Syphilis has four stages. A person infected with it may not show symptoms at the initial stage and will most likely not feel or think he or she is sick. He or she will only realize that something is wrong when the visible and noticeable signs pop up.
The initial or first stage of syphilis kicks in about fourteen days after a person contracts the disease. It will last for a few days to as long as three months. The first symptoms are usually a small, painless sore known as a chancre.
Syphilis chancres can appear on any part of the body, but they are most common in the nether regions — penis, vagina, scrotum, anus, or the mouth. They are not painful and will disappear after a couple weeks. Its disappearance, of course, does not mean that the infection is cured. The bacteria are still there. So, you should do something about them right away.
The second stage of syphilis is very contagious. It is when the bacterium starts to spread to other parts of the body. The signs and symptoms usually include appetite loss, hair loss, losing weight, skin rash problems, inflammation of the lymph nodes, severe headaches, muscle and joint pains, and fever.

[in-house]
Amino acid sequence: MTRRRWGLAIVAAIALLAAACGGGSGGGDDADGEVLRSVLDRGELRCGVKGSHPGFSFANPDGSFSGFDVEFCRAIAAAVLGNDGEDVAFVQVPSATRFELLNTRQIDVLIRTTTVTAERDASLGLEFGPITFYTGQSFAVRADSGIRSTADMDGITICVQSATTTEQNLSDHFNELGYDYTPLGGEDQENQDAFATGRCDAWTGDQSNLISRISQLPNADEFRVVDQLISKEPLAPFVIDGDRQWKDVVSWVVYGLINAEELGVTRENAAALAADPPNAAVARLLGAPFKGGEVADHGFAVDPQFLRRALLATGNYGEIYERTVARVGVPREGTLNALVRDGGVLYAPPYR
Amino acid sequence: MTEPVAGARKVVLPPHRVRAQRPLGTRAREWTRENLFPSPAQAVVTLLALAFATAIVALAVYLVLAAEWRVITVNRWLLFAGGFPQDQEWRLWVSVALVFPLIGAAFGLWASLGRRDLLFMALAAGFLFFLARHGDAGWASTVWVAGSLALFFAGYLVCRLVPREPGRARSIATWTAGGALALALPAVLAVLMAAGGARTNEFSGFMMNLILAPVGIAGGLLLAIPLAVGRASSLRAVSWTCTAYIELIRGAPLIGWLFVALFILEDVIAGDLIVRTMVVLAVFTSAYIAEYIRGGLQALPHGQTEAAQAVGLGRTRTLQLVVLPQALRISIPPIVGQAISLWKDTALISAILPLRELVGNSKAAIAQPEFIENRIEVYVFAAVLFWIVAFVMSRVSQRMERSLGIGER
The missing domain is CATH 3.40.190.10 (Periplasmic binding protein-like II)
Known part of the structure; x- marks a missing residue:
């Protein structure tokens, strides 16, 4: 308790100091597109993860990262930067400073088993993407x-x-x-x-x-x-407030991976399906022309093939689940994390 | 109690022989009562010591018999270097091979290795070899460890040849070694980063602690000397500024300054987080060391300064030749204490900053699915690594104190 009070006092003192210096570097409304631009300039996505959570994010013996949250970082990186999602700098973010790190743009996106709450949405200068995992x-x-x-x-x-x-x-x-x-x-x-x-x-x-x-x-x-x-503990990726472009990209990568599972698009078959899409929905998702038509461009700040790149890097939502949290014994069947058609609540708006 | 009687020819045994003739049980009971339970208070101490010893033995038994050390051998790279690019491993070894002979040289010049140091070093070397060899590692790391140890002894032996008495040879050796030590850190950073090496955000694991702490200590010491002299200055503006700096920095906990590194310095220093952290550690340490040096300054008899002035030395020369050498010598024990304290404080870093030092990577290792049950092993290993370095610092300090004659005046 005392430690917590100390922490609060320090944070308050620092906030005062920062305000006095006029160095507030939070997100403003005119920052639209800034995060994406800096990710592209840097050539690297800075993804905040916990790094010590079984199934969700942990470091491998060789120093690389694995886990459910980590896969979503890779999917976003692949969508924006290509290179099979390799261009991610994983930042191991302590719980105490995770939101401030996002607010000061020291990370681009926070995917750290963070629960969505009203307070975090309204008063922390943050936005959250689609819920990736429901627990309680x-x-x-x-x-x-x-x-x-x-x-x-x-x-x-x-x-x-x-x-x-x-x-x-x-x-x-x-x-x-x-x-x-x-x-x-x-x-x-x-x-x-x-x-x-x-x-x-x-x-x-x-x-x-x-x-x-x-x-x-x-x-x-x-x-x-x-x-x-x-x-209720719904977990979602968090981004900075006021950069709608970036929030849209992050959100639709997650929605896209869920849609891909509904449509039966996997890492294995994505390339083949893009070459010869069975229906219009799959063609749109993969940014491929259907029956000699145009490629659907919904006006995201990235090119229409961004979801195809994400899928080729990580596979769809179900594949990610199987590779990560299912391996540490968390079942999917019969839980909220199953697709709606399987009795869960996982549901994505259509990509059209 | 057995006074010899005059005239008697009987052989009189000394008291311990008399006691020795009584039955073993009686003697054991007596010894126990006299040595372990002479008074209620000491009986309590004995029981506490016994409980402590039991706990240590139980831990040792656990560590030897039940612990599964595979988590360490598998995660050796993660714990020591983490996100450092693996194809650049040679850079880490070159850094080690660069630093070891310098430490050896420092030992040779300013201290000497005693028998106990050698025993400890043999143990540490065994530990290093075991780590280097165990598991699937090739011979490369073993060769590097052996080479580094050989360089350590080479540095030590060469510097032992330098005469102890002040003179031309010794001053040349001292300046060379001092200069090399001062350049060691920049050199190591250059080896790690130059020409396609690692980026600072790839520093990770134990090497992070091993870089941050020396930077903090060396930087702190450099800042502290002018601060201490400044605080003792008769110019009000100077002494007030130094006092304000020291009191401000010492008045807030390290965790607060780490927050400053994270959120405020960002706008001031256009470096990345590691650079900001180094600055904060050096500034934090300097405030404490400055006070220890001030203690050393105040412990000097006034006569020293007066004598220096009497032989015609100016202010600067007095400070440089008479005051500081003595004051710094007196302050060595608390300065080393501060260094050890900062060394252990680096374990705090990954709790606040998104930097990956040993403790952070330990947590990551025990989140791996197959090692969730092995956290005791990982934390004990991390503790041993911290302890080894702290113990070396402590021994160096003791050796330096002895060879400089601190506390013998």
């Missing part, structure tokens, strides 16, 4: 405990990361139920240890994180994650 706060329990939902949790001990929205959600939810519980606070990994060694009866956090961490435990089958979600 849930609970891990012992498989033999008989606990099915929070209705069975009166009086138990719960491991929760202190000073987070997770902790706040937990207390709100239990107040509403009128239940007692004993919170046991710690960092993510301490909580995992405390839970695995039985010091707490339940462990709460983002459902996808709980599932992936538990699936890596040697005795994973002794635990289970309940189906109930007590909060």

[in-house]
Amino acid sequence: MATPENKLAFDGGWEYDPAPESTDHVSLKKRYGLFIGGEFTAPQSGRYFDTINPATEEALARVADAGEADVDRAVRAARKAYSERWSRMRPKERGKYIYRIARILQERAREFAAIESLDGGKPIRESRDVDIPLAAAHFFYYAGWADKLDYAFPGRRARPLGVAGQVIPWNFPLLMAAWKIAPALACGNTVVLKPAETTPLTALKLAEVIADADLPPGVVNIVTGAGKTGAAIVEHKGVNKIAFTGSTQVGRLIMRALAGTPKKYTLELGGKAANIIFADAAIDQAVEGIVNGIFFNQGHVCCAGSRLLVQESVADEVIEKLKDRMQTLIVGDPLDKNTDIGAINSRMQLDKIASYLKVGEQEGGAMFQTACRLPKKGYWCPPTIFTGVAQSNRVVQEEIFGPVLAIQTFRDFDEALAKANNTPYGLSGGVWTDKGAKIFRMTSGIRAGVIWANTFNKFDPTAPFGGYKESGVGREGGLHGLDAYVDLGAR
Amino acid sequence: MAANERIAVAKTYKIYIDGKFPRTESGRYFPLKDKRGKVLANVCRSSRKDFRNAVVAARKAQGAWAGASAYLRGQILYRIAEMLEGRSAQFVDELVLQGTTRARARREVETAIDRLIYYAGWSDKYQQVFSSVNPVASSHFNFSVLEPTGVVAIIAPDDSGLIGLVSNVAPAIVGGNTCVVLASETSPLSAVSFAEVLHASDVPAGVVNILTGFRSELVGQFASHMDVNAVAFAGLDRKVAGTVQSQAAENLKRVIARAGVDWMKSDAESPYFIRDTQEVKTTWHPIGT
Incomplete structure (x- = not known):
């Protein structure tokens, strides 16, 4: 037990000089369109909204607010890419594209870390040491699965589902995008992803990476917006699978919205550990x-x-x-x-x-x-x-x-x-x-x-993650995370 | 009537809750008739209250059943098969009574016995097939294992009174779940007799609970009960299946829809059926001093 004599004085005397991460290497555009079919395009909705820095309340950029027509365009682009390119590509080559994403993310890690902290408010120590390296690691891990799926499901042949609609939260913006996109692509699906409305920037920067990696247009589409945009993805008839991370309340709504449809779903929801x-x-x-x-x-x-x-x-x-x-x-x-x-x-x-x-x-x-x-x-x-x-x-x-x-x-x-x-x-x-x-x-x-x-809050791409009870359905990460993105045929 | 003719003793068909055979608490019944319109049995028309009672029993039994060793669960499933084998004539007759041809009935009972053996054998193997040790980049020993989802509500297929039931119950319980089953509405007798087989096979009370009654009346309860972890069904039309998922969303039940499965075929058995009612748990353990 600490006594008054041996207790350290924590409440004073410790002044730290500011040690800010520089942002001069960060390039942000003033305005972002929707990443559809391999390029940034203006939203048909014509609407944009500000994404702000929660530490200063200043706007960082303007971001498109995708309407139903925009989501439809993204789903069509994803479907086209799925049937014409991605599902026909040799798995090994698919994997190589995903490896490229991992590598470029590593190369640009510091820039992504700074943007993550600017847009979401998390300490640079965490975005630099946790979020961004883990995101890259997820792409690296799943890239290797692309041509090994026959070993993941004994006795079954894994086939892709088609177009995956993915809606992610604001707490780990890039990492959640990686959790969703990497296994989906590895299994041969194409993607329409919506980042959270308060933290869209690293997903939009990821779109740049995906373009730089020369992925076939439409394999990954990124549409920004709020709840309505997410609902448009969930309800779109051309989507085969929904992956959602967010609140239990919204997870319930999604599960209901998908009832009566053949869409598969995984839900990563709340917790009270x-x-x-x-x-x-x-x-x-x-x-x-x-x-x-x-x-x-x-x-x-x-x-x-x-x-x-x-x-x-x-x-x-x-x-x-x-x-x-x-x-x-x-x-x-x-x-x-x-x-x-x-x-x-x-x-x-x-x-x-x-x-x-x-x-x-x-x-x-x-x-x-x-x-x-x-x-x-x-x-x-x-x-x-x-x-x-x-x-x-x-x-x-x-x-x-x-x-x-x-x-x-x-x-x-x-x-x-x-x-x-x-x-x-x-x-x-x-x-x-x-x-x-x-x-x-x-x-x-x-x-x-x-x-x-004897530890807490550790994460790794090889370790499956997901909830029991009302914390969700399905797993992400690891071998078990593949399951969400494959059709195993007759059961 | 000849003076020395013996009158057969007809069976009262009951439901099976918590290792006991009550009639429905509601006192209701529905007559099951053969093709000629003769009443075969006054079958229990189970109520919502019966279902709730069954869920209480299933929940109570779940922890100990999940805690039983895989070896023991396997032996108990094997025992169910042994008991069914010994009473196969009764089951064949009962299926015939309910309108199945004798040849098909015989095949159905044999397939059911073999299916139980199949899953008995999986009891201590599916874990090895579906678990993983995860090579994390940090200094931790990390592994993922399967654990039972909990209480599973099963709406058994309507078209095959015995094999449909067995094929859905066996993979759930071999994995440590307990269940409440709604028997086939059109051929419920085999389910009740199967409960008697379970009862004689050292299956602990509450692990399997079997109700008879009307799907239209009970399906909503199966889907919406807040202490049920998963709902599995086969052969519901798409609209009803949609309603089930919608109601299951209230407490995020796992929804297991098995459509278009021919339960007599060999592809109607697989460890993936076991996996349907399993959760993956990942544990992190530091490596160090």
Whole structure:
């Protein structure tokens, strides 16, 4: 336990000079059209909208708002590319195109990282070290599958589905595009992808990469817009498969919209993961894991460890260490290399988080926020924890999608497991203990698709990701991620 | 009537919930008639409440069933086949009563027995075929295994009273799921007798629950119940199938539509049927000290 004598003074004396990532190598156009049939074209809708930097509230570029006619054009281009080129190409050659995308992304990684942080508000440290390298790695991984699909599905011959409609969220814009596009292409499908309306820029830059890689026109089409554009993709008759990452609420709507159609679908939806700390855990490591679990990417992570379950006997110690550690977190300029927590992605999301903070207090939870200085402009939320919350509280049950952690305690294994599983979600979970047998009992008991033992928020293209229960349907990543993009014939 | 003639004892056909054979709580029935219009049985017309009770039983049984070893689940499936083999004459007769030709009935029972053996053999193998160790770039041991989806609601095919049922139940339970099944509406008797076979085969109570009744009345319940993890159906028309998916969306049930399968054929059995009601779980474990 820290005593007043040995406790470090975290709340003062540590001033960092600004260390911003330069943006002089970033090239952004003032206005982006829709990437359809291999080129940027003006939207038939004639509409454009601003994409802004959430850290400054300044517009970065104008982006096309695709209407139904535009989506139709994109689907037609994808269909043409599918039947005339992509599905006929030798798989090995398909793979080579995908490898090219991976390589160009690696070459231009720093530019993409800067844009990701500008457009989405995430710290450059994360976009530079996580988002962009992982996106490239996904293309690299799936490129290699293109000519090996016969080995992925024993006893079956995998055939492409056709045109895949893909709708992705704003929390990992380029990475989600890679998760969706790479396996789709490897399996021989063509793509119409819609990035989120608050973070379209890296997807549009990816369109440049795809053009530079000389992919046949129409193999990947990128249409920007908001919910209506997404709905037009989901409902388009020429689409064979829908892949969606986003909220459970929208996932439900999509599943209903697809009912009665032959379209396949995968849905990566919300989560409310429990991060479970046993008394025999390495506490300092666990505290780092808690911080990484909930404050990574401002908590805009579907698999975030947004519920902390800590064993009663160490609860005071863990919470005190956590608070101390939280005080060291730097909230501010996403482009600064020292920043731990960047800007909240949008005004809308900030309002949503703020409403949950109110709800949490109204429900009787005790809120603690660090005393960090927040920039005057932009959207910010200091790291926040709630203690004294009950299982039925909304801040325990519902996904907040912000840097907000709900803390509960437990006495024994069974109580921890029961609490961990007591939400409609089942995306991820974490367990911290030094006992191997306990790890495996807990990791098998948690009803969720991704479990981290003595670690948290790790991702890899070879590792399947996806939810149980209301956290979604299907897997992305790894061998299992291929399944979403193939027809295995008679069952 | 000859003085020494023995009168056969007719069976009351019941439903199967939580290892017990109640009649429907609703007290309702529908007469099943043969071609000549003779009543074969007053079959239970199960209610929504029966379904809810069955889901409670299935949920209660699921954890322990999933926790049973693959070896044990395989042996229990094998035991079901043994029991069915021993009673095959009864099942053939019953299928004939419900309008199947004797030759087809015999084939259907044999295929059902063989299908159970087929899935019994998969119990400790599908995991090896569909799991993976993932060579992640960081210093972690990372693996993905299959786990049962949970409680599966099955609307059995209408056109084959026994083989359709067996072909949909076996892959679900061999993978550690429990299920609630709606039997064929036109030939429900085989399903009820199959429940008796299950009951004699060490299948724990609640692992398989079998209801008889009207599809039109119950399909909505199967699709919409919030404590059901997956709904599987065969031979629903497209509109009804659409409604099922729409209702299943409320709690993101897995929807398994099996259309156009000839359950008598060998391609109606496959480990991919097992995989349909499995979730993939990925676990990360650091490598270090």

The syphilis latent stage does not have noticeable signs and symptoms. At this point, you have to really get tested for syphilis so that treatment can be administered.
The worst stage of syphilis is called the tertiary stage. At this point, you are in danger of damaged internal organs and systems. The disease can cause serious harm to your nervous tissues, heart, skin, arteries, liver, and bones. If syphilis is still not diagnosed and treated, a person may end up with paralysis, mental difficulties, blindness, heart malfunction, deafness, and even death.